the most important development regarding the suggested resource-based mechanism
would be to move it to the What domain; that is, to explicitly include it in the
empirical design. Our study shares with most published research referring to RBV a
lack of explicit assessment of key variables (Arend, 2006) and in this regard future
studies must aim to reach further.
This is challenging because mere quantification of generic resource stocks
clearly does not suffice for adequate testing of RBV-based hypotheses. We agree with
Arend (2006) that a promising way forward would be longitudinal survey studies
designed specifically for the purpose. A longitudinal design is essential for assessing
the dependent variable and establishing whether observed competitive advantages are
sustained. A survey approach is the only conceivable way in which the VRIO
qualities of resources could be directly assessed and meaningfully compared. Because
of the breadth of the notion of ‘resource’ in RBV and the innumerable ways in which
resources can provide advantages on their own or in combination the assessment of
resources and their VRIO qualities can never be complete. However, a focus on
narrowly defined empirical contexts may make the task somewhat manageable. A
narrow empirical context restricts the range of relevant resources to assess and makes
it feasible for the investigators to attain deep enough knowledge for developing and
applying high-quality measures adapted to the specific context. This would make for a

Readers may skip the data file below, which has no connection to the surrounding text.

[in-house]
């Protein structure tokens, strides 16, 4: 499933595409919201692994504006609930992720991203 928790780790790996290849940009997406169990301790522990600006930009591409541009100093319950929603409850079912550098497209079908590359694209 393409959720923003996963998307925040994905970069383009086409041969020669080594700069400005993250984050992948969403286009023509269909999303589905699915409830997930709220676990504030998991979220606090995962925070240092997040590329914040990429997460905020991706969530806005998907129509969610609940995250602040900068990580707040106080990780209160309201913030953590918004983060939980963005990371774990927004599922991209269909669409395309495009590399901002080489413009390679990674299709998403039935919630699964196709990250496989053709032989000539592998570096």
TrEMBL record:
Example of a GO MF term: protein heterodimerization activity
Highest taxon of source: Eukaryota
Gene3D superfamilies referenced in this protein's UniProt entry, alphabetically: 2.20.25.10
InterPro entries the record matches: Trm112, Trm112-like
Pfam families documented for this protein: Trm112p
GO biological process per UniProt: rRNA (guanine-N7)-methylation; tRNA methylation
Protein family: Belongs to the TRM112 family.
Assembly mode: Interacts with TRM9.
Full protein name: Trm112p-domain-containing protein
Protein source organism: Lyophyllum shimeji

much stronger test of theory than the use of diluted, ‘one-size-fits-all measures’
applied to a heterogeneous population of firms.
Whetten’s (1989) discussion of the Who, Where and When concerns the
boundary conditions of the theory. We have argued that our resource-based rationale
may be more applicable to SMEs, but empirical testing in a large firm context might
suggest it can be generalized also to that domain. Our results showed considerable
stability across broad industry groupings; however our theorizing suggests the main
results should not hold up in contexts where economies of scale; experience effects;
FMAs or network externalities are pronounced. This may vary by country as well as
by industry. For example, one might theorize that trading off current profit for growth
may have a higher potential payoff in the dynamic context of ‘transition economies’
or where the domestic market is larger and the venture capital industry better